Stimulation of the vagus nerve can partially derive from the vegetative state

Scientists from the Institute of Cognitive Sciences in Lyon (France), led by Angela Sirigu (Angela Sirigu) found that stimulation of the vagus nerve can partially remove the victims of severe car accidents from the vegetative state. An article about this, published in the journal Current Biology , retells the site of the journal Science .
The wandering nerve (vagus) goes from the brain to the abdominal cavity. Its stimulation (vagus nerve stimulation, VNS) is based on the implantation of a micro stimulator into the chest, which supplies nerve with electric microshocks equal to about one hundredth of the voltage created by a battery in a wristwatch. This technique is used to treat a variety of conditions, from depression to cluster headaches and epilepsy.
Sirigu and her colleagues implanted a vagus nerve microstimulator to a patient who fell into a vegetative state after a severe car accident, and applied VNS to him for a month. A month later, the patient experienced some limited improvement in the condition: for example, he could already follow the eyes of the object that was being driven in front of his face, and turn his head at the request. The level of activity of neurons in several zones of his brain increased, and – what, according to Sirigu, was the most important – his brain began to produce stronger theta waves, which correlates with being in a more conscious state.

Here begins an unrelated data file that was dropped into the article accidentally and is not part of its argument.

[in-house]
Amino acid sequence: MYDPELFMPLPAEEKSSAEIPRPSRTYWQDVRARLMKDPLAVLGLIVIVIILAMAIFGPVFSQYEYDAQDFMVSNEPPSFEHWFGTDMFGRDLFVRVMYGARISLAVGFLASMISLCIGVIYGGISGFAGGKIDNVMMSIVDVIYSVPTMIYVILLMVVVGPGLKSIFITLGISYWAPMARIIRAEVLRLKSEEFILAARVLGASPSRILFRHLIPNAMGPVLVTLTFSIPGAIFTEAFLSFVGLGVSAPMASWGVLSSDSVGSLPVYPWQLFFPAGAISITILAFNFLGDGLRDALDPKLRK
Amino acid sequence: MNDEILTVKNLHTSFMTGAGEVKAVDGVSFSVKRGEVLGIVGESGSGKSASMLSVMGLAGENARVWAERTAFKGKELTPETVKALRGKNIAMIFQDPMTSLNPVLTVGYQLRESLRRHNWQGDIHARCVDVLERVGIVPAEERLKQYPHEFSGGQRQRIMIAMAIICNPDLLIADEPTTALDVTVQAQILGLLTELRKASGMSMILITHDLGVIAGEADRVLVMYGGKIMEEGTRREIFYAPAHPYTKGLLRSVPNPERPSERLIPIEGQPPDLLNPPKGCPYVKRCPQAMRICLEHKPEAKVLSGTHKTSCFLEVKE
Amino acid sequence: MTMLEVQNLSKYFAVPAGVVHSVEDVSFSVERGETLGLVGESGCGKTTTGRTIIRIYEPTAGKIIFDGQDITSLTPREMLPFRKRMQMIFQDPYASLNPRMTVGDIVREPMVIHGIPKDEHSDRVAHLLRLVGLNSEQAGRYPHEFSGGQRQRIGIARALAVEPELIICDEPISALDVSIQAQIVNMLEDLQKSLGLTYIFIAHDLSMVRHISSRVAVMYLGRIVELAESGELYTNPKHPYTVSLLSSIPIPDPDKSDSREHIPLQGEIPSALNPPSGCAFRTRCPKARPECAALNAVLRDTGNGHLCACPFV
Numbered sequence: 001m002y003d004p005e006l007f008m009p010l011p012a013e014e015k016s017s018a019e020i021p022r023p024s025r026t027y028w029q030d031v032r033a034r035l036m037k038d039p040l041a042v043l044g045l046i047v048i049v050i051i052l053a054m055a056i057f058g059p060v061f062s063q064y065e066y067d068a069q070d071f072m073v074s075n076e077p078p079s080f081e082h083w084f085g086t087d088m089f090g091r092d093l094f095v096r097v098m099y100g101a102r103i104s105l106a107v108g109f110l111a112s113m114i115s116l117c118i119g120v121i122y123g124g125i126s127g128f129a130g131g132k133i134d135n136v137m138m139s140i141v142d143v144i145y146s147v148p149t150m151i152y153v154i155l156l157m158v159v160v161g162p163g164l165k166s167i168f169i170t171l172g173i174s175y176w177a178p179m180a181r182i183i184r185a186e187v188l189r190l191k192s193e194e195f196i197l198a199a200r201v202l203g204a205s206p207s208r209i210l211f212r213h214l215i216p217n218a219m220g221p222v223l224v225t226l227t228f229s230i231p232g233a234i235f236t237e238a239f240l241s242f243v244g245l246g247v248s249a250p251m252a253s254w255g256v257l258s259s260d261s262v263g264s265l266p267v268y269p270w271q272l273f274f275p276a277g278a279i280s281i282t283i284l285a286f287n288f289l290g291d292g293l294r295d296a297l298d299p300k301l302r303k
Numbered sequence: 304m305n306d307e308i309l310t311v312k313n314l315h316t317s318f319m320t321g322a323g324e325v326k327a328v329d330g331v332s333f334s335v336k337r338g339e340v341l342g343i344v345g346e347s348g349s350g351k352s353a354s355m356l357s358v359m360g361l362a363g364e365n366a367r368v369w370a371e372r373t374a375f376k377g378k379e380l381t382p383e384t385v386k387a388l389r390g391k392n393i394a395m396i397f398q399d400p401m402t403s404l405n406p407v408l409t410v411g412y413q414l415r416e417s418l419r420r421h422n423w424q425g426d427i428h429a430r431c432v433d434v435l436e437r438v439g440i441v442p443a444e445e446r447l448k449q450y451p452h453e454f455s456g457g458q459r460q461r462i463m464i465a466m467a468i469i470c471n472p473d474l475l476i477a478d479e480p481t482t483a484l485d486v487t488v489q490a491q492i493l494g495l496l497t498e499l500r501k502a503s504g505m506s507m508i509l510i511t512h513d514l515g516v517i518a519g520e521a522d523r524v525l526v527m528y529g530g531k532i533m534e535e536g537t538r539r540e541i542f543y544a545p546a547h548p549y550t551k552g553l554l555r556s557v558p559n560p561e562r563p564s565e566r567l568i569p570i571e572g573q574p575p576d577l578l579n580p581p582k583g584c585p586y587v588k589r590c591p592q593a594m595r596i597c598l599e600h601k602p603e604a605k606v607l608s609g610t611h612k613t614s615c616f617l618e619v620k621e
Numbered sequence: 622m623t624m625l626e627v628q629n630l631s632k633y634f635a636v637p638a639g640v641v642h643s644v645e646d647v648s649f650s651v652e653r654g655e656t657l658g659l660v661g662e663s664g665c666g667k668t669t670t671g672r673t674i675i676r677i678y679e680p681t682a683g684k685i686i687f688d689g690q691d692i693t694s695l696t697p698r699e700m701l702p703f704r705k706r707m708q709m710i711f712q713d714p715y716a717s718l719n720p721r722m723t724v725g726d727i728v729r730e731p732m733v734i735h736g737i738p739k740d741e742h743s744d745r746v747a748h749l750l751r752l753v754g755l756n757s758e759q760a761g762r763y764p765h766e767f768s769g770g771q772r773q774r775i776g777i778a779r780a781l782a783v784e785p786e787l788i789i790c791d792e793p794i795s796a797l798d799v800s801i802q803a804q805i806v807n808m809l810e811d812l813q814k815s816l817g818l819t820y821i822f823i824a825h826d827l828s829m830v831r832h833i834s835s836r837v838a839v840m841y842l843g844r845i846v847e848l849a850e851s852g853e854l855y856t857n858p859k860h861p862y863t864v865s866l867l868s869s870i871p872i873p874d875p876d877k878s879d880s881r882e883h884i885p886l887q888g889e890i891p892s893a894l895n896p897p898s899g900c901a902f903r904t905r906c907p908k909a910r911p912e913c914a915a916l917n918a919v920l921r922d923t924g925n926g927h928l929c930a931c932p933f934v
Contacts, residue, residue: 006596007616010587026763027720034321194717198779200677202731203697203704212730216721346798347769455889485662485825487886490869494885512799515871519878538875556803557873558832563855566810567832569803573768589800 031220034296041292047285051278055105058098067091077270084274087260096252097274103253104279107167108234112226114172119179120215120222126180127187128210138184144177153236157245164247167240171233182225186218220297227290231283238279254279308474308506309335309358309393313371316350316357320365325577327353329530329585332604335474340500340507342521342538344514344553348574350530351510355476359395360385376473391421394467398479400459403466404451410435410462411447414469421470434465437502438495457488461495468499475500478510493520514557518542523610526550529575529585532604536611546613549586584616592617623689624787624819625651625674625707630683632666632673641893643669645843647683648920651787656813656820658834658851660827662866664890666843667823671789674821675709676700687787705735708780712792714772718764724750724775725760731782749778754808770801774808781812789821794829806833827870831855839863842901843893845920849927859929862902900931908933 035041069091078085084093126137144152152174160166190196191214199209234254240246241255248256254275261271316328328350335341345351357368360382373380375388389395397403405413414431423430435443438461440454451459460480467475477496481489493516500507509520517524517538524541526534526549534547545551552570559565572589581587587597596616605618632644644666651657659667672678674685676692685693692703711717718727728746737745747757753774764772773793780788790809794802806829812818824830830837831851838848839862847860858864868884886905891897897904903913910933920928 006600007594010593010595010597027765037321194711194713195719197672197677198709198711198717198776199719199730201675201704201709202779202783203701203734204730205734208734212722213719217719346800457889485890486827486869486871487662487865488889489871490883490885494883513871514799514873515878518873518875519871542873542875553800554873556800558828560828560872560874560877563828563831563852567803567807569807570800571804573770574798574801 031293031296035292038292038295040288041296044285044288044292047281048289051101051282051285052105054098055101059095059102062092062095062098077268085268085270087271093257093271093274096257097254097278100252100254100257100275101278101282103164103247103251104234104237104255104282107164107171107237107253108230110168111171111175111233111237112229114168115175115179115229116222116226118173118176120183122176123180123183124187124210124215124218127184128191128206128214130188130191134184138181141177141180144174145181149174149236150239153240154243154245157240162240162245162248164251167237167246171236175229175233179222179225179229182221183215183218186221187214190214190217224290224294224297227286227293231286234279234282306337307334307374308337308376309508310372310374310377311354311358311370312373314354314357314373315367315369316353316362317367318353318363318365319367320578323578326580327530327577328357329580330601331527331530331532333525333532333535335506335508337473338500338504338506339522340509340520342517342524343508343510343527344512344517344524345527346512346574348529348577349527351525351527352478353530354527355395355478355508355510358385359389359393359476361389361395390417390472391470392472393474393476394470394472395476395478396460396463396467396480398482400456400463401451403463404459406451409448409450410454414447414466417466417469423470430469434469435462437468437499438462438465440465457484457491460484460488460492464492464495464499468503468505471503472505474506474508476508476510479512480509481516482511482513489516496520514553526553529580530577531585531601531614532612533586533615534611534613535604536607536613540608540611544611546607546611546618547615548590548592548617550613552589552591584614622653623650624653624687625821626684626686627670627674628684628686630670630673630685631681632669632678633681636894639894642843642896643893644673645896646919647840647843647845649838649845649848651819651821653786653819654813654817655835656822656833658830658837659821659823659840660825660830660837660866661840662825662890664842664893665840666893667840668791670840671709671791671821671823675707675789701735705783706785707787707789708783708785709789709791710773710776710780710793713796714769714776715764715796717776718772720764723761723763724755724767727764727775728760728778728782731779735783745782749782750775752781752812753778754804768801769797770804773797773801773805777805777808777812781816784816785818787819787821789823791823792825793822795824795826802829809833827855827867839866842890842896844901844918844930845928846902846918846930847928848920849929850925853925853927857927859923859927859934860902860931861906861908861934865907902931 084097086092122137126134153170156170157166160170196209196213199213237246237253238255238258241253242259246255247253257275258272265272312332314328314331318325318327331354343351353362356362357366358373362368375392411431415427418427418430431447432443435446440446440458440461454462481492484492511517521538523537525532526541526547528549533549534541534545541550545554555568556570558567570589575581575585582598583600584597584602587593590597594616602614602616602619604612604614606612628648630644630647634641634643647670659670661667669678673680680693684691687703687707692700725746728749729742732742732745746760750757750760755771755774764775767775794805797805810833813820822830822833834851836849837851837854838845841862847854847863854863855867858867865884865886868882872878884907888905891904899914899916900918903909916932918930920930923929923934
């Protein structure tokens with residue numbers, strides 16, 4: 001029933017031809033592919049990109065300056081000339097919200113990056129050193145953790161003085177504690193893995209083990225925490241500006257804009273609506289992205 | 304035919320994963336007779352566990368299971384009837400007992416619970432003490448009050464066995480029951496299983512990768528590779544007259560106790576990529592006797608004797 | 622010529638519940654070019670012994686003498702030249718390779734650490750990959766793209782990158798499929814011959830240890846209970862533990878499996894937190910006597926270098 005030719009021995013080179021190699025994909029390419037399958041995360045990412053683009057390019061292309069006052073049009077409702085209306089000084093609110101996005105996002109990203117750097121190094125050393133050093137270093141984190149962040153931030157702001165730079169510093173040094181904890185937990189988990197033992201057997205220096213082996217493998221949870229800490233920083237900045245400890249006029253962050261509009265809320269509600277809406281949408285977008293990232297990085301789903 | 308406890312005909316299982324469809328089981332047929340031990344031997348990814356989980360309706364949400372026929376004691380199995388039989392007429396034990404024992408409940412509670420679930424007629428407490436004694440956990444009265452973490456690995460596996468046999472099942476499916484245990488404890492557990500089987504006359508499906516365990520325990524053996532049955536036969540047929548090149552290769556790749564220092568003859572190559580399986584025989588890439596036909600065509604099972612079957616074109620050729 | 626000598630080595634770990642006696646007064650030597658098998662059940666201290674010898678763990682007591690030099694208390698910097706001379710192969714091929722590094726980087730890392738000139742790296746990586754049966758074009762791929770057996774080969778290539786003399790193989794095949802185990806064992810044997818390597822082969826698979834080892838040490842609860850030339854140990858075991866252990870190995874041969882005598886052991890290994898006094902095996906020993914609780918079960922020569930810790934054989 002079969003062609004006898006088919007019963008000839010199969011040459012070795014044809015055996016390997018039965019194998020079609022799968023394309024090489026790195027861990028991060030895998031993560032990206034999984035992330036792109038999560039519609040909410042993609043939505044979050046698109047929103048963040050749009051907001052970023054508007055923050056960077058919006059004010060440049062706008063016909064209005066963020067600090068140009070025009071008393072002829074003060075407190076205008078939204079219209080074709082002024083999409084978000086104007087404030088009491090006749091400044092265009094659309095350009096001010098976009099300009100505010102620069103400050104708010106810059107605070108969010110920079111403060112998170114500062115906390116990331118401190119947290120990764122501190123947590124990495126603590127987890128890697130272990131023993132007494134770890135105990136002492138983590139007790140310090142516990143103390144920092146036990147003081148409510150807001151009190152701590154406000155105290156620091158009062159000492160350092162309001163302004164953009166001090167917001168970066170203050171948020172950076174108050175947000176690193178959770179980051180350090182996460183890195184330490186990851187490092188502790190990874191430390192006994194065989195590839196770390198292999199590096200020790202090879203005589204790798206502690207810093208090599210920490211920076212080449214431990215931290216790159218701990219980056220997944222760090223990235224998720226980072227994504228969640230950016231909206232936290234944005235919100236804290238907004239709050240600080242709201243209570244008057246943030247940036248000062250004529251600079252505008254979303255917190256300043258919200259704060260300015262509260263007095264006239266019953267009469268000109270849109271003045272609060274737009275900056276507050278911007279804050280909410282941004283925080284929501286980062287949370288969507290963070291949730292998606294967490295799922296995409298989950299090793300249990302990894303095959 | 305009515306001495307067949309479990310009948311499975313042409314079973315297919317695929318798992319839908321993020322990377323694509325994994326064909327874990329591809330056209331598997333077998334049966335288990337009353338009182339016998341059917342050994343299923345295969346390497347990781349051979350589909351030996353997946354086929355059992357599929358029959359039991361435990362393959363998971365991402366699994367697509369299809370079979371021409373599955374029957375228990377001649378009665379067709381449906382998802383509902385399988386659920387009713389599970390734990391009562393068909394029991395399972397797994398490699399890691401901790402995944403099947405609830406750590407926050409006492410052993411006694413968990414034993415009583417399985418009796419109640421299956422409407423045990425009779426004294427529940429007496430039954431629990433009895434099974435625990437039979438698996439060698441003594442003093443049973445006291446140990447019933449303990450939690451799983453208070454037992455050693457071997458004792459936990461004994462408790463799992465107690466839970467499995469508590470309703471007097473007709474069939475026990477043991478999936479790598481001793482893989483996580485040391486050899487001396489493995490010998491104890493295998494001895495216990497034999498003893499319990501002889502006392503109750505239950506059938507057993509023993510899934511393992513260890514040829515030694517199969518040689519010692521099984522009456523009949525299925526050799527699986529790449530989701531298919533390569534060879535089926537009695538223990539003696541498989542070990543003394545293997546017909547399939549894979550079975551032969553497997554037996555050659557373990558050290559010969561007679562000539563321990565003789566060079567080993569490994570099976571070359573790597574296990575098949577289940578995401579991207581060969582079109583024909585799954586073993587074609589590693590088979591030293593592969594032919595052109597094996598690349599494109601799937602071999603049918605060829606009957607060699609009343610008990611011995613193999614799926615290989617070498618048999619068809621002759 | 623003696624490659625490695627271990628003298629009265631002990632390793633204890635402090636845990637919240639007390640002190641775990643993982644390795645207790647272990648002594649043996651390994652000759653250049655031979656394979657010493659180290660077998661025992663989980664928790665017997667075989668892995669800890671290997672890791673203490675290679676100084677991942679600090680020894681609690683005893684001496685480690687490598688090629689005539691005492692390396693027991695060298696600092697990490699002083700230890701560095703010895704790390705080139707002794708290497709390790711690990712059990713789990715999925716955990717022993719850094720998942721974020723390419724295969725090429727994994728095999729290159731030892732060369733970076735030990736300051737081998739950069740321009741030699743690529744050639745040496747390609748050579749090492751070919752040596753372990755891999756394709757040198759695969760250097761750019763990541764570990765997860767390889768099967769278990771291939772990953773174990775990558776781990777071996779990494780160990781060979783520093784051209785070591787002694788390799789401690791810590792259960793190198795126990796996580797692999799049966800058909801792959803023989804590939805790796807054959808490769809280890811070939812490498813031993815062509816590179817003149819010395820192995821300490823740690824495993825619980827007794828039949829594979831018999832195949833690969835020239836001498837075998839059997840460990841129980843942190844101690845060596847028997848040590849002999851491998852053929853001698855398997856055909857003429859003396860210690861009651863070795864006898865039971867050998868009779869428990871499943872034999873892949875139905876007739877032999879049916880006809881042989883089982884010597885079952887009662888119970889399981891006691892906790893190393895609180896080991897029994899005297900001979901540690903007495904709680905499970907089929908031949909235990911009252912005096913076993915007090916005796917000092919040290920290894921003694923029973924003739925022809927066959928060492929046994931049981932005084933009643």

Scientists continued to stimulate the patient’s vagus nerve. Nine months later, they stated that there was no further improvement, but it stabilized at the same level that was achieved in a month. That is, in comparison with the situation before the beginning of the experiment, there was considerable progress.
On what was this effect based? Sirigu offers the following explanation. Perhaps, she believes, after the trauma the patient’s thalamus continued trying to “connect” with other parts of the brain, but without success, because the connection between them was severely disrupted. (It is the thalamus that regulates the level of consciousness.) VNS also increased the power of the thalamus signals, allowing it to partially break through to other parts of the brain.
Other scientists are still skeptical about these findings. Nicholas Schiff, a neuroscientist at the Well Cornell Medical Center in New York, pointed out that the data of the experiment on one patient is clearly not enough. And in order to generalize them, it is necessary to put the experiment on several patients, even though the VNS technique is quite expensive, and it will hardly be possible to convince the medical insurance company to pay for its application.
Recall that in 2014 another scientific team was able (for a short time) to remove patients from the vegetative state by the method of transcranial electrostimulation .
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